Saturday, December 1, 2012

Crime and attacks are business that advertise

It seems that cyber crime does pay, or at least you can hire people to do it for you.

In a recent article KrebsonSecurity describes an Online Service Offers Bank Robbers for Hire.
 An online service boldly advertised in the cyber underground lets miscreants hire accomplices in several major U.S. cities to help empty bank accounts, steal tax refunds and intercept fraudulent purchases of high-dollar merchandise.
Now this is nothing new in the world of cyber crime, but it is a bit new for physical crime.

Last year it was reported that there was a service offering to break Captchas, those often unreadable, always annoying distorted letters that you're required to type in at many a Web site to prove that you're really a human.

Also there is a service for False Answer Supervision.

Or there was the case of out sourcing to hack phone systems for Al Qaeda - $2 million stolen for the cost of $4,000.

It seems that the criminals are working harder to find ways to make money from committing crimes, they share tools and data in forums that cater to cybercrooks or hackers.

It is time that we start to work harder to share information to beat these guys before they unionize.

Thursday, November 1, 2012

Holiday Hacks are upon us again

Today I found a very nice article on the CSO Security News site called The 12 Cons of Christmas by Joan Goodchild (CSO (US)).

In this article she points out that this is the time of the year when the fraudsters and phishers are out in force.  Or as Joan put it:
While the risk of being hacked, conned or having sensitive information stolen is possible all through the year, most security experts agree that the holiday season brings a spike in fraudulent activity, both online and off.

Hot Holiday items are lures

With the increased use of Facebook and Twitter they can get more information about what you want and can use that to better target you. To make it worse, the scammers have learned not to be so obvious, and "the signs that made scams so obvious before are no longer always present as more sophisticated techniques employed by criminals on Twitter and Facebook make it harder than ever to know what's legit."

Take a look at the article for some good hints on how to detect these scams and protect yourself.  
Full article:

Wednesday, October 3, 2012

Activity at Astricon’12

During Astricon’12  I will be part of the Greenfield Technology team at the show, along with speaking I will be at the Kamailio booth during Astricon’12.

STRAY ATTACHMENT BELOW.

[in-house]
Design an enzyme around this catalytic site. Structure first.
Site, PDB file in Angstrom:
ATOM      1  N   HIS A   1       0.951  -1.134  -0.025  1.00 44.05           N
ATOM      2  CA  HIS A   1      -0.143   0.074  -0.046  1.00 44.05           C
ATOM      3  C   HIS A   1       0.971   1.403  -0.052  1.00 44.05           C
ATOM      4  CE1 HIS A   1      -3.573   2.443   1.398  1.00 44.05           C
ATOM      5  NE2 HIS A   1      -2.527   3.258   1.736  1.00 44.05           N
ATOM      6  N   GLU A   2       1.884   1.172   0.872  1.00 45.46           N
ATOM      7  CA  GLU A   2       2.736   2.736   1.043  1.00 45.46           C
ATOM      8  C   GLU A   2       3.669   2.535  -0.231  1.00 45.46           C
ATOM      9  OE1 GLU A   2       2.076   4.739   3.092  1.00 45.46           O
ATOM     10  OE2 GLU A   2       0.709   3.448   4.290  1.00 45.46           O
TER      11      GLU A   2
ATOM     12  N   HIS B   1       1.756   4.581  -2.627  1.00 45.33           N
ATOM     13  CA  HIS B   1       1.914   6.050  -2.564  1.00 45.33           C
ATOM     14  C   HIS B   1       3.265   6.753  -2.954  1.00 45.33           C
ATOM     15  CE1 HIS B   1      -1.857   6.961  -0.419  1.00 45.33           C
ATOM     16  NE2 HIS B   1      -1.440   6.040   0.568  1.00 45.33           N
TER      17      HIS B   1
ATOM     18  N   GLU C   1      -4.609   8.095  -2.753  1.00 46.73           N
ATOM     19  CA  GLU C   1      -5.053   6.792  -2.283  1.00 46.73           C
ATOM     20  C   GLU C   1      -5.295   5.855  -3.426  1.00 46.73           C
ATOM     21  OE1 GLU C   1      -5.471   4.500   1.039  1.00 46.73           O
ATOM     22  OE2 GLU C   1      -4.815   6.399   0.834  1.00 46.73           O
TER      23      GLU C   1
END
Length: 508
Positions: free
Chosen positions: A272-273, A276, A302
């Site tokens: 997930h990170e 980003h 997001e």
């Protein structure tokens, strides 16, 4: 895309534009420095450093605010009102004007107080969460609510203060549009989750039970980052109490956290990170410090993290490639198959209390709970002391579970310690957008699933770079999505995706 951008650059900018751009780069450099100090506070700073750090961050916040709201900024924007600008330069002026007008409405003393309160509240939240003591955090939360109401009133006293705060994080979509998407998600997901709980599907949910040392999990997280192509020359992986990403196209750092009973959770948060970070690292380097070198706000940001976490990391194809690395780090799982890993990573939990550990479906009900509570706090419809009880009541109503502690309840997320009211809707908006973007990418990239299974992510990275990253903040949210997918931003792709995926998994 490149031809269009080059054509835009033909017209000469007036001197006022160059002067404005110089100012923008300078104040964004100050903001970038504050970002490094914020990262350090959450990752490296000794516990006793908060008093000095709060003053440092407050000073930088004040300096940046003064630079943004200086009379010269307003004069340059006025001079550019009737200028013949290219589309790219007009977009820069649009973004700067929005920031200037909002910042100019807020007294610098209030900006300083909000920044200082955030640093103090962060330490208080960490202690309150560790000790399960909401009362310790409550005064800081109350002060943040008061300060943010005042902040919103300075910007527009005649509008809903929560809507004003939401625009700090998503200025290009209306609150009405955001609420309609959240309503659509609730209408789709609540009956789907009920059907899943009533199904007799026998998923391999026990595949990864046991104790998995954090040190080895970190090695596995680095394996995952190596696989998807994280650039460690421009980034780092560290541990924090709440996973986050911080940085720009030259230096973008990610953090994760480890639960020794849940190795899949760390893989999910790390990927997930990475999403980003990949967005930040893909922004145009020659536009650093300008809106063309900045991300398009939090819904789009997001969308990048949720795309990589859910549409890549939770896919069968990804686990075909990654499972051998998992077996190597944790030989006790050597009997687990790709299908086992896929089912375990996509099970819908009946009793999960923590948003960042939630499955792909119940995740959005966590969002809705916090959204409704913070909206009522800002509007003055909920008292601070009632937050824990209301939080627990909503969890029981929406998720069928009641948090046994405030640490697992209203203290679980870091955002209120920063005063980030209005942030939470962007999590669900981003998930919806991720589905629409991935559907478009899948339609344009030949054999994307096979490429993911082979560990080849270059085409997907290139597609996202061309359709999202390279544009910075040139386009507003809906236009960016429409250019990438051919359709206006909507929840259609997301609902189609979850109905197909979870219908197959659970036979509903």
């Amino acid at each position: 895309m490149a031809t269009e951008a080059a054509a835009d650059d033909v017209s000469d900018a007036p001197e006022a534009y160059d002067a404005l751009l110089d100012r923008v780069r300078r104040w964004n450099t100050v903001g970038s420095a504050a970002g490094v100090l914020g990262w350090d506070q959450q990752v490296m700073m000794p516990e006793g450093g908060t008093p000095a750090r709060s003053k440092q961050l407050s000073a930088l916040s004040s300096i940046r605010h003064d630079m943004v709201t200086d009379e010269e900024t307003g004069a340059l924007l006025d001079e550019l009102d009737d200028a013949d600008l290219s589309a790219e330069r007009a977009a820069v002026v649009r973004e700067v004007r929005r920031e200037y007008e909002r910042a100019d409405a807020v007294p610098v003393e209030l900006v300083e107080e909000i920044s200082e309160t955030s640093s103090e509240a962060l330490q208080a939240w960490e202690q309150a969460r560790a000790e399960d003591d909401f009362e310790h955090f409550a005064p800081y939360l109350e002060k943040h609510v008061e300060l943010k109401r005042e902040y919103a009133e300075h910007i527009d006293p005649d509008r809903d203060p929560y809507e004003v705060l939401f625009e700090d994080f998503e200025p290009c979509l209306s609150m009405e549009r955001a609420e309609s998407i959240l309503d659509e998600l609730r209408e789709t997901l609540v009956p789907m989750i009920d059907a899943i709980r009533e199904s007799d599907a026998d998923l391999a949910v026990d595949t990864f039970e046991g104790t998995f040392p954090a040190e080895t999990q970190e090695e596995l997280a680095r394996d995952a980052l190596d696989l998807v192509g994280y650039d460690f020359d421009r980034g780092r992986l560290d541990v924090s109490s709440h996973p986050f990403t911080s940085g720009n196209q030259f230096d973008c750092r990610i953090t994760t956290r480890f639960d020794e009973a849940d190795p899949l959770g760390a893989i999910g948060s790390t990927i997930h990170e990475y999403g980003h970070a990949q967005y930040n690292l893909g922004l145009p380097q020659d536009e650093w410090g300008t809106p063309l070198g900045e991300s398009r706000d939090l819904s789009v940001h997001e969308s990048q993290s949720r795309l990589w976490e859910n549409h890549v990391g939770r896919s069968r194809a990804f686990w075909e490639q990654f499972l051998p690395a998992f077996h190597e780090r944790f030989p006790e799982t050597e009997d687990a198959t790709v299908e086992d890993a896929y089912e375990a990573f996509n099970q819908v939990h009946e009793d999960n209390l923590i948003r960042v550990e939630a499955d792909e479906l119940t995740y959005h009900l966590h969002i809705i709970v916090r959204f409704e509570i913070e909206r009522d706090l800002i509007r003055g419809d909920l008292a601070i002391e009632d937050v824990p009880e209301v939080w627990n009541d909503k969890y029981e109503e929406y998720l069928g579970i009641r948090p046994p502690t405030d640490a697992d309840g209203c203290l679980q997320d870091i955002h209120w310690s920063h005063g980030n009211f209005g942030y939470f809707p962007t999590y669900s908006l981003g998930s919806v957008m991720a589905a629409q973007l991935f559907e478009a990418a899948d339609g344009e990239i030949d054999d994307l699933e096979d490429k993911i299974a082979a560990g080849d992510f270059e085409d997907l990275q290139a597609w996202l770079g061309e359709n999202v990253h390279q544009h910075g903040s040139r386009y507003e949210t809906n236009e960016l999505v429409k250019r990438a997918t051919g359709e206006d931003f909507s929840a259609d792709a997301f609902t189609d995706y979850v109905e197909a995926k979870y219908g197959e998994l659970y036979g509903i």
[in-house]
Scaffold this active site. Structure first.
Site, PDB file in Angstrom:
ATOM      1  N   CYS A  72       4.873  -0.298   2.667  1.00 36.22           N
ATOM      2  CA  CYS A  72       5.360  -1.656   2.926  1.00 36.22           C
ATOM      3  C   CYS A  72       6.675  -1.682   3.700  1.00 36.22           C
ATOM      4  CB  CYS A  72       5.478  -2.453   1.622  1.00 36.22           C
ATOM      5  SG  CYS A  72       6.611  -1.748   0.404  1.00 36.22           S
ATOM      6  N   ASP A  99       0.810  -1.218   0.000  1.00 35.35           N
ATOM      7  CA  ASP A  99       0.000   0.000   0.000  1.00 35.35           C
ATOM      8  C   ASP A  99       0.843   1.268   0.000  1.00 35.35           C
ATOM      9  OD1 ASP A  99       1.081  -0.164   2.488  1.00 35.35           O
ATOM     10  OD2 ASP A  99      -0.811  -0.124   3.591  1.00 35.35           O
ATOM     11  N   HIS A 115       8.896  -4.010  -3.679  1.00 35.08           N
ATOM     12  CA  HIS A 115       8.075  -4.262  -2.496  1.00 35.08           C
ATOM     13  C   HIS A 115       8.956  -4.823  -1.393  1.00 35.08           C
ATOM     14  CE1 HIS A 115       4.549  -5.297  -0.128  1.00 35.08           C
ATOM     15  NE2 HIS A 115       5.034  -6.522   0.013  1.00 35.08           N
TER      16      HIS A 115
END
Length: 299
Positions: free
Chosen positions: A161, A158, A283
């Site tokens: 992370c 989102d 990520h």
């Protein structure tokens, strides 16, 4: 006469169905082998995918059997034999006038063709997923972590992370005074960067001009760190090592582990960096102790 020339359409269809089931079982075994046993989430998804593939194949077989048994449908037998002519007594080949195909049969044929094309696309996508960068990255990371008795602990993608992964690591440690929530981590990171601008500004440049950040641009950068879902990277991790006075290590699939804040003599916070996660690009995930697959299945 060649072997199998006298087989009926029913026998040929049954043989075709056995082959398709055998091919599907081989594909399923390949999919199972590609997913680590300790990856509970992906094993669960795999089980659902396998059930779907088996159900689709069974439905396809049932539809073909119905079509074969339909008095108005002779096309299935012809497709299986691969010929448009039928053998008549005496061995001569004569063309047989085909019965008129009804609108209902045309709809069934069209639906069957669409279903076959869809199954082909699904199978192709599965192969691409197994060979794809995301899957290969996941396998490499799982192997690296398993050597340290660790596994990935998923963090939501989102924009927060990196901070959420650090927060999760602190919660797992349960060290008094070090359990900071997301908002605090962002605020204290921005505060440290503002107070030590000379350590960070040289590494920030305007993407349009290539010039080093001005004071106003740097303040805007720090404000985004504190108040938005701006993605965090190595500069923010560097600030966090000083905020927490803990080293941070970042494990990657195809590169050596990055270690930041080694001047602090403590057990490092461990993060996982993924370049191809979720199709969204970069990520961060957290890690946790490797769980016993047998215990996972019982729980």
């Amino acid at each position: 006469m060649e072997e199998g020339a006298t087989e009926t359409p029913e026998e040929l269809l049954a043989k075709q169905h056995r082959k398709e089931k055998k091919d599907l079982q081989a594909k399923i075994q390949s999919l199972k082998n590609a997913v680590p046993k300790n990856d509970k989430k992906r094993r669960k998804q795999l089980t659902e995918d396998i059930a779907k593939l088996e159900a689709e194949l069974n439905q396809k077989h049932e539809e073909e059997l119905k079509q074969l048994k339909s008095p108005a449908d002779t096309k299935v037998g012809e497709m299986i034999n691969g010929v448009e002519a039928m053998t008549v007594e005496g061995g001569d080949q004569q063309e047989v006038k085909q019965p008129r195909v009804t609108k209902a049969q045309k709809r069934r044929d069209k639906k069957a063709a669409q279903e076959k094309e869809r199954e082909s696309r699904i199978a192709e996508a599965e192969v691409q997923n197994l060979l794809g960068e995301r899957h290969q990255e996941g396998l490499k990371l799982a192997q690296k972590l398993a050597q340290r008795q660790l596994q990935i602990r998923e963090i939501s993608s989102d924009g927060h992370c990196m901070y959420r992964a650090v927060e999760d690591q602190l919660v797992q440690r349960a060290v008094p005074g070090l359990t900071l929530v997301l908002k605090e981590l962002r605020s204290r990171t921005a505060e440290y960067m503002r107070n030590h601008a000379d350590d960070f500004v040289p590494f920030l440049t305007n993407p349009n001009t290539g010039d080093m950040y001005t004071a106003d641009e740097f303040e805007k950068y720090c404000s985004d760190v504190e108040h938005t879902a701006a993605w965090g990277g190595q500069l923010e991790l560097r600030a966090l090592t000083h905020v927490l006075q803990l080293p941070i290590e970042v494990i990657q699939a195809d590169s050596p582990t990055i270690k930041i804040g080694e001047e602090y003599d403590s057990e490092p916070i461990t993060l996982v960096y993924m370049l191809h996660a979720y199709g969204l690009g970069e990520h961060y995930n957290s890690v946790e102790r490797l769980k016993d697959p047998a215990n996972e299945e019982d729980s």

Astricon’12 is taking place in Atlanta, GA, USA, during October 23-25, 2012


Nir and I will be presenting at the event. I will be presenting on Wednesday, October 24, 2012, in the 11:40-12:15 time slot.

Presentation title:

Found in the wild: Telecom Fraud and Security Problems 


Last year's Security Panels at AstriCon brought examples from the audience (like: found and hacked in under 10 min. and $400k in fraud in 2 days). This year there are many new fraud attacks and audit horror stories and recommendations for you.
This session will review the security breaches of the past year as well as highlights of the most common problems found in security audits. The audience is encouraged to provide their own examples and jointly define solutions.

Also, Nir Simionovich will be presenting on Thursday, October 25, 2012, in the 10:00-10:35am time slot.

Presentation title: 

Asterisk Lock Down - Beyond Fail2Ban


Fail2Ban is a wonderful tool, but it is only one of many tools out there to assist in the protection of your Asterisk server. Some of these tools are so simple, that by utilizing very simple techniques, a complete lock down can be enforced. The session will share some methods that were deployed over the course of the years 2010 and 2011 and several locations and had proved to reduce the risk of hacking and fraud tremendously. 

Kamailio Booth

Along with speaking we will be at the Kamailio booth in the open source area. The Kamailio booth number is 20, if you are attending the show; stop by to learn about use cases of Kamailio and what is new in the project.

Friday, August 3, 2012

Infographic: Fraudulent Calls Up 29 Percent in 2012

Threat Post, the Kaspersky Labs Security News Service has a nice article about the status of fraudulent calls in 2012 titled Report: Fraudulent Calls Up 29 Percent in 2012 that starts:
On average, there were almost five fraudulent phone calls every minute earlier this year according to a report released today from security firm Pindrop Security. The Atlanta-based company found phone fraud was up 29 percent January to June this year from the last half of 2011 after it analyzed 1.3 million different instances as part of its 2012 State of Phone Fraud Report.
The accompanying graphic shows how things are already looking in 2012 speaks loudly as to why companies need to be proactive in their approach to telecom fraud.

Thursday, June 28, 2012

Cloning makes its return

I am not sure if this has become a problem in other areas yet, but apparently there is a new twist in cloning the SIM card in a mobile phone.